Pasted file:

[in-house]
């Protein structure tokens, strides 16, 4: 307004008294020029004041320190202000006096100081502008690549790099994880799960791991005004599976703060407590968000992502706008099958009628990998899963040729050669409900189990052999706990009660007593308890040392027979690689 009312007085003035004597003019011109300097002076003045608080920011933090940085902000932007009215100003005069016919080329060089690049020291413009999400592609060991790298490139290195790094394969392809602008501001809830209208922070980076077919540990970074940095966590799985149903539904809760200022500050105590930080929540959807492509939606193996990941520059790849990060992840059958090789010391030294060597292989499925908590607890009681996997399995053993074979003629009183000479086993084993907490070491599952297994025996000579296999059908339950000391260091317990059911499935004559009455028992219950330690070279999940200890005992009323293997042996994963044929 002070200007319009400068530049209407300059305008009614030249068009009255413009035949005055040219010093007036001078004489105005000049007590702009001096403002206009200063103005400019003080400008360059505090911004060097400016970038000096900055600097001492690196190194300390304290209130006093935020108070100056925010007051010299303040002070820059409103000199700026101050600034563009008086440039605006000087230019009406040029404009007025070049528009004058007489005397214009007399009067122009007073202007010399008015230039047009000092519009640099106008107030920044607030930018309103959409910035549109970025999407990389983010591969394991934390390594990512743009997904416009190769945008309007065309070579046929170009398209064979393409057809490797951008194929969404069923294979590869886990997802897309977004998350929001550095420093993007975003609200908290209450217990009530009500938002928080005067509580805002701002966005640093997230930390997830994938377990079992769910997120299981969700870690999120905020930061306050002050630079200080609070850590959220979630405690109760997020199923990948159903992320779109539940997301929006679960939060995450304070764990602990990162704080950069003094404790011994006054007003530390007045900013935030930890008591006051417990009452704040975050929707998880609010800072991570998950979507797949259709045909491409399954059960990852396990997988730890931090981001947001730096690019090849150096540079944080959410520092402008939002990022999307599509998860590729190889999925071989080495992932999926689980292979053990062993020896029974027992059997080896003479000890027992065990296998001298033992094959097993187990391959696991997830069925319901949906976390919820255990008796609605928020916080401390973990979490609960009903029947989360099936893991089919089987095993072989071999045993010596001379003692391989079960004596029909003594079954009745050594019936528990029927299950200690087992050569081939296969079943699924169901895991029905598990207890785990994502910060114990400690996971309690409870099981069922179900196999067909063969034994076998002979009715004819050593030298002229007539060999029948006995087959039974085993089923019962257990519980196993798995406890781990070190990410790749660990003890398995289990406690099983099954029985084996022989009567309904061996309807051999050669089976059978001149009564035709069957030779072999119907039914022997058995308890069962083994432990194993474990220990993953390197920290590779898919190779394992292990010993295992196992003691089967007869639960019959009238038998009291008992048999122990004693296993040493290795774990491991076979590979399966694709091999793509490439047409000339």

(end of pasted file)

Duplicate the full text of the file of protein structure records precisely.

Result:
[in-house]
């Protein structure tokens, strides 16, 4: 307004008294020029004041320190202000006096100081502008690549790099994880799960791991005004599976703060407590968000992502706008099958009628990998899963040729050669409900189990052999706990009660007593308890040392027979690689 009312007085003035004597003019011109300097002076003045608080920011933090940085902000932007009215100003005069016919080329060089690049020291413009999400592609060991790298490139290195790094394969392809602008501001809830209208922070980076077919540990970074940095966590799985149903539904809760200022500050105590930080929540959807492509939606193996990941520059790849990060992840059958090789010391030294060597292989499925908590607890009681996997399995053993074979003629009183000479086993084993907490070491599952297994025996000579296999059908339950000391260091317990059911499935004559009455028992219950330690070279999940200890005992009323293997042996994963044929 002070200007319009400068530049209407300059305008009614030249068009009255413009035949005055040219010093007036001078004489105005000049007590702009001096403002206009200063103005400019003080400008360059505090911004060097400016970038000096900055600097001492690196190194300390304290209130006093935020108070100056925010007051010299303040002070820059409103000199700026101050600034563009008086440039605006000087230019009406040029404009007025070049528009004058007489005397214009007399009067122009007073202007010399008015230039047009000092519009640099106008107030920044607030930018309103959409910035549109970025999407990389983010591969394991934390390594990512743009997904416009190769945008309007065309070579046929170009398209064979393409057809490797951008194929969404069923294979590869886990997802897309977004998350929001550095420093993007975003609200908290209450217990009530009500938002928080005067509580805002701002966005640093997230930390997830994938377990079992769910997120299981969700870690999120905020930061306050002050630079200080609070850590959220979630405690109760997020199923990948159903992320779109539940997301929006679960939060995450304070764990602990990162704080950069003094404790011994006054007003530390007045900013935030930890008591006051417990009452704040975050929707998880609010800072991570998950979507797949259709045909491409399954059960990852396990997988730890931090981001947001730096690019090849150096540079944080959410520092402008939002990022999307599509998860590729190889999925071989080495992932999926689980292979053990062993020896029974027992059997080896003479000890027992065990296998001298033992094959097993187990391959696991997830069925319901949906976390919820255990008796609605928020916080401390973990979490609960009903029947989360099936893991089919089987095993072989071999045993010596001379003692391989079960004596029909003594079954009745050594019936528990029927299950200690087992050569081939296969079943699924169901895991029905598990207890785990994502910060114990400690996971309690409870099981069922179900196999067909063969034994076998002979009715004819050593030298002229007539060999029948006995087959039974085993089923019962257990519980196993798995406890781990070190990410790749660990003890398995289990406690099983099954029985084996022989009567309904061996309807051999050669089976059978001149009564035709069957030779072999119907039914022997058995308890069962083994432990194993474990220990993953390197920290590779898919190779394992292990010993295992196992003691089967007869639960019959009238038998009291008992048999122990004693296993040493290795774990491991076979590979399966694709091999793509490439047409000339």